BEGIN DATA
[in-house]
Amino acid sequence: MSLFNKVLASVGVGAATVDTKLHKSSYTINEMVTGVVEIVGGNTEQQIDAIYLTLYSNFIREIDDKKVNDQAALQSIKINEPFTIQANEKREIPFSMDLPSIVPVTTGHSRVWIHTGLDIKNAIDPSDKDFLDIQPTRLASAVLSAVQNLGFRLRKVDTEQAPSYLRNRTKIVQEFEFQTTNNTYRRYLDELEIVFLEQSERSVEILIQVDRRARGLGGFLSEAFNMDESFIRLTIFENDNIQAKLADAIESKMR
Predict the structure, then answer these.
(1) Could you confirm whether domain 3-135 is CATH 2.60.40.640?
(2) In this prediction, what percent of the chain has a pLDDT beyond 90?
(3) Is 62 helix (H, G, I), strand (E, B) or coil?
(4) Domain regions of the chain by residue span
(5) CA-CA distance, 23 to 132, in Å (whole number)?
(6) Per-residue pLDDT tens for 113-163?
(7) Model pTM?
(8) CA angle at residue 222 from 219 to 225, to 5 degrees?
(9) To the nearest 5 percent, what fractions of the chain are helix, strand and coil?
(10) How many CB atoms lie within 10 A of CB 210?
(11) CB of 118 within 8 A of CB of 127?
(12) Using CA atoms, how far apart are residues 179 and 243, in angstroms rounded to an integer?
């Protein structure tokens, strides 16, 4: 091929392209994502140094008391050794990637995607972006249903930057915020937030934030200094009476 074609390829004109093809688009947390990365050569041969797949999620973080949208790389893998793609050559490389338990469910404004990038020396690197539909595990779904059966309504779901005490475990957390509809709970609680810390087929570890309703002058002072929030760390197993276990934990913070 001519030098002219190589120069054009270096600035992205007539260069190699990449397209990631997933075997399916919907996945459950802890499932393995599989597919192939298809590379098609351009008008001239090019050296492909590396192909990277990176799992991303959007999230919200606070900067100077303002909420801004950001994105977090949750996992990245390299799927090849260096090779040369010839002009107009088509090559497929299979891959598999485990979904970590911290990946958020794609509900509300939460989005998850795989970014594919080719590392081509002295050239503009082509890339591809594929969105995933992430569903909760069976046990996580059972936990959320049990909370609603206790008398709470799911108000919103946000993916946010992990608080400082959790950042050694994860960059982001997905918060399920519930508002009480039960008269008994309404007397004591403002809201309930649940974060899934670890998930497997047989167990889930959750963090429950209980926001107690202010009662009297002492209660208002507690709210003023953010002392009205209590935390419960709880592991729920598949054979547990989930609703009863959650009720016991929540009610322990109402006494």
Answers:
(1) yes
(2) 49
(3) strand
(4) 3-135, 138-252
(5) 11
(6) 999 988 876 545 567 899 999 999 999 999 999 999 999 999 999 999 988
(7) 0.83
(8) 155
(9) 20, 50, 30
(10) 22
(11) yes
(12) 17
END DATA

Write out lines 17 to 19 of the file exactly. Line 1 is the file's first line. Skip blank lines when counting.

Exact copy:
Answers:
(1) yes
(2) 49